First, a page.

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What will real-time payments look like in Australia in 2023?

real time payments

real time payments

According to research, 67% of Australians are expected to use new real-time payment solutions by 2023. The question is, what type of solutions?

A study by Visa into real-time payments in Australia has found that 78% of Australians thought it was important for a trusted payments brand to provide a service to facilitate fast payments. This was higher than those who thought it was important that the bank they use would provide the service (72%).

The news comes as all Big Four banks are now offering near-instant payments to most of their customers over the New Payments Platform (NPP), with the news that Westpac switched on the NPP for 3.6 million accounts. As reported by the Sydney Morning Herald, Westpac had only been offering faster payments to customers in smaller states but is now contributing a third of all payments processed on the NPP.

Visa's research – Visa Insights: Australia's Fast Future – which is based on research conducted by Telsyte, found that in 2018, 12% of people were using real-time payment solutions. This is expected to increase to 28% in 2019 and continue to increase to 67% by 2023. Real-time payment solutions include person-to-person payments, funds disbursements and merchant settlements and will equate to 3.1 billion transactions per year by 2023.

However, what these real-time payment solutions will look like when two-thirds of Australians are using them in 2023 remains to be seen.

The NPP provides a new payments infrastructure that allows for instant payments, among other payment innovations, for Australia's individuals and organisations. The platform launched in February 2018, and while it launched with a number of financial institutions from day one, many institutions delayed offering it to their customers.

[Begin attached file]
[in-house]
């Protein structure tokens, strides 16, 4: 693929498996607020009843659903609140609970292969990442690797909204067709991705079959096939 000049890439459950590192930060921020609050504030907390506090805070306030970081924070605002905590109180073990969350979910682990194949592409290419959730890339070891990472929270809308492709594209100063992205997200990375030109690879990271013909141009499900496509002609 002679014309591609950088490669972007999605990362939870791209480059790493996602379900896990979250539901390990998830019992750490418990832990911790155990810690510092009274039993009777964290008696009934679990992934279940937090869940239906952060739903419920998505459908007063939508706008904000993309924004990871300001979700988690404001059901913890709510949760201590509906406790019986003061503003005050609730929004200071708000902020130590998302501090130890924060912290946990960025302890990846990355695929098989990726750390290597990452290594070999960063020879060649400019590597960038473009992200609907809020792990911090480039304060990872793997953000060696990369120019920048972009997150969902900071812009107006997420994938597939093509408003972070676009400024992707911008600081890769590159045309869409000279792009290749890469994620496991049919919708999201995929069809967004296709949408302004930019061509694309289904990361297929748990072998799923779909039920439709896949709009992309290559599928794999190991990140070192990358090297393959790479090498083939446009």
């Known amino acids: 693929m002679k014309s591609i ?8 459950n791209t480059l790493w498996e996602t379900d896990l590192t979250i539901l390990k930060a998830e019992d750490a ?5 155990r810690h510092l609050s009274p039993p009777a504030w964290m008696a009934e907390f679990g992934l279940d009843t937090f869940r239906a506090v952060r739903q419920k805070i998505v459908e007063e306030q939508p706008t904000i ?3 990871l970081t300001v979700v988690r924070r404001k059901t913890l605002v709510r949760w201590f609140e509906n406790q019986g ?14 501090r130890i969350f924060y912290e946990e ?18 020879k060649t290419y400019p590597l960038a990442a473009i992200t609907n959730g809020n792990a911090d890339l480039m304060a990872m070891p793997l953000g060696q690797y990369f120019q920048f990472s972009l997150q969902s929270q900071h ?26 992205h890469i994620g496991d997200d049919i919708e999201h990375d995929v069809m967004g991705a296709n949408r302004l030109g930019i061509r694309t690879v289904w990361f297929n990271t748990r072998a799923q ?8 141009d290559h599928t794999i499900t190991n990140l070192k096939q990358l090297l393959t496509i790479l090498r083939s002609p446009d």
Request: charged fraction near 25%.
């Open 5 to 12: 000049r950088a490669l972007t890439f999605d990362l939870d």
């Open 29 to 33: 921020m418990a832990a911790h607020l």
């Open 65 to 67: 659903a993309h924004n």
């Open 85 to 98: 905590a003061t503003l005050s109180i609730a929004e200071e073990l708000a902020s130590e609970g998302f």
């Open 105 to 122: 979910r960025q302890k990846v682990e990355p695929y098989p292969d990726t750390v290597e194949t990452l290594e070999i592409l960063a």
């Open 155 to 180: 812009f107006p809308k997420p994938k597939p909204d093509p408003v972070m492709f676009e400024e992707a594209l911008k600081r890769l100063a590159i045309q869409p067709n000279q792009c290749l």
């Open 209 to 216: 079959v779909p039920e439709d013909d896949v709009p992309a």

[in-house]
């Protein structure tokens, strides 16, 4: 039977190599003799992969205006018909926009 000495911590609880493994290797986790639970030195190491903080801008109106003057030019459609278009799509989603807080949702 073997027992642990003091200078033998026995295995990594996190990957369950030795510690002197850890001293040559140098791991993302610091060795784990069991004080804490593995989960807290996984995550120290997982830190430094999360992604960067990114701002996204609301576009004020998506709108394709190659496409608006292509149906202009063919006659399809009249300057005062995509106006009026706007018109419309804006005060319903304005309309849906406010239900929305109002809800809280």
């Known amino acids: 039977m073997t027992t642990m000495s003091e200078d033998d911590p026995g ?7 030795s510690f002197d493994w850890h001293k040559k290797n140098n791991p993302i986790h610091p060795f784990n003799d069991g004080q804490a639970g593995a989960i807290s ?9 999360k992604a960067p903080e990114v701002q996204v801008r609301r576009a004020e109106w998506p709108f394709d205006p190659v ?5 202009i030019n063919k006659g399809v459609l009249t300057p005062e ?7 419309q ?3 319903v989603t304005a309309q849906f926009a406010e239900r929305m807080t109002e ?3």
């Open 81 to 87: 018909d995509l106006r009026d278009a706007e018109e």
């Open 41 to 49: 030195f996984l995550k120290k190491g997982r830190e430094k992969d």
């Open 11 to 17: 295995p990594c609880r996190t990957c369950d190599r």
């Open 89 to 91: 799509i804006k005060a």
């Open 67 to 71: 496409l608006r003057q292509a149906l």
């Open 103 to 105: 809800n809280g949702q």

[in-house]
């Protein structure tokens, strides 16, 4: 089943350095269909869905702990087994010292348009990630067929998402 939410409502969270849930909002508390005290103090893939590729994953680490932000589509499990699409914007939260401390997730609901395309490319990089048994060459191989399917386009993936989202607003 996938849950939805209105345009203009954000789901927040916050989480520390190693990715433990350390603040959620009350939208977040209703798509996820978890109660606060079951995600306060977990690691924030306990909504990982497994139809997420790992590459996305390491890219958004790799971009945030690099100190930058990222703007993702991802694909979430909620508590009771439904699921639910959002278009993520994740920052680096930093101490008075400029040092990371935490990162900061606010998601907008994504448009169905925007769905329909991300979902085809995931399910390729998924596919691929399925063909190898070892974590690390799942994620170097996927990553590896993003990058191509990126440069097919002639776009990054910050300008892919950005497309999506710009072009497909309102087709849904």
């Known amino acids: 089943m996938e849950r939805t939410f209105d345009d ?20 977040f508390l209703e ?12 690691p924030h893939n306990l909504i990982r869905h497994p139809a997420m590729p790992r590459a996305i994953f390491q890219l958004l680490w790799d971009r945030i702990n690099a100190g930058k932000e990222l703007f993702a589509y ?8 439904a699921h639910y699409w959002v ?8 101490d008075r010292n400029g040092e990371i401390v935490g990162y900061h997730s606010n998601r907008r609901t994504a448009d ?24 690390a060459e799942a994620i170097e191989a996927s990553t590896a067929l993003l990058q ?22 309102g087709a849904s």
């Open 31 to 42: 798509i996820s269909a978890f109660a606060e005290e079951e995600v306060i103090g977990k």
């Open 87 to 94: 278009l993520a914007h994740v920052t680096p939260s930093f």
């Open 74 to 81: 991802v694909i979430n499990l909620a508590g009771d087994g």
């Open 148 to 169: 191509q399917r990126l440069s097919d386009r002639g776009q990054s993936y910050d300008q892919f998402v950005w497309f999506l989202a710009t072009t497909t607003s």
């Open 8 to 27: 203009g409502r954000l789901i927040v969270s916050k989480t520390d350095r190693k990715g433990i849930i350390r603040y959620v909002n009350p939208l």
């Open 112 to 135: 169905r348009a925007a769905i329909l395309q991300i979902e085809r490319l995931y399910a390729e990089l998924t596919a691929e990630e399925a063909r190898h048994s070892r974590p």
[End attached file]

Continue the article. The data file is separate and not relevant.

Currently, financial institutions that offer instant payments through BPAY's Osko, an overlay service of the NPP, do not do so in the same way. For example, to make real-time payments using CommBank, customers have to register for a PayID. NAB confirmed to the Sydney Morning Herald that customers can use their PayID or their BSB and account number to make fast payments.

BPAY's Osko service allows financial institutions that offer the service to make their own decisions about whether to allow real-time payments using BSB and account numbers or requiring customers to registers for a PayID and also how much to allow per transfer. This has resulted in each bank offering varying solutions for real-time payments.

There are also other real-time payment solutions that have been developed. Beem It, for example, is a joint effort between CommBank, NAB and Westpac and allows users to make instant transfers to anyone else with the app as long as they have a debit card. It doesn't use the NPP to make these transfers but still makes them in real-time by using the Visa, Mastercard and EFTPOS rails.

Other neobanks, including Up and Xinja, have also announced innovative payment offerings. Up's payment app is a conversational payment interface similar to WhatsApp to help you track payments to your friends while Xinja allows you to split costs and bills with friends or request payments through Xinja me.

The NPP has also set up a fintech sandbox to allow fintechs to test the capabilities of the payments infrastructure and build payment solutions that can benefit Australians.

Visa head of product for Australia, New Zealand and South Pacific said real-time payment solutions will enable a new wave of experiences for Australians.

"As Australians, our lifestyles are changing. Many of us have family and friends living abroad, the way we work is evolving, and naturally our expectations are shifting too. We want secure, convenient and fast ways to pay and be paid, wherever we are," he said.

"Real-time payments solutions will enable a new wave of experiences. And it's important for businesses to take note, as these solutions will be increasingly critical to building and retaining loyalty from customers and employees."

There is a real opportunity for both financial institutions and fintechs to develop solutions for Australians. According to Visa's study, 42% of Australians haven't been paid back by friends or family after lending them money and 44% say they found it too awkward to follow up with friends after lending them money. However, almost half (48%) said they would pay their friends or family back immediately if they could do so via a messaging platform or app.

The research also shows Australians care about how they pay: 85% say that want to know that the service is secure and their data is being protected but that this shouldn't come at the cost of user experience while 81% say the service should be easy and intuitive to use.

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Picture: Shutterstock

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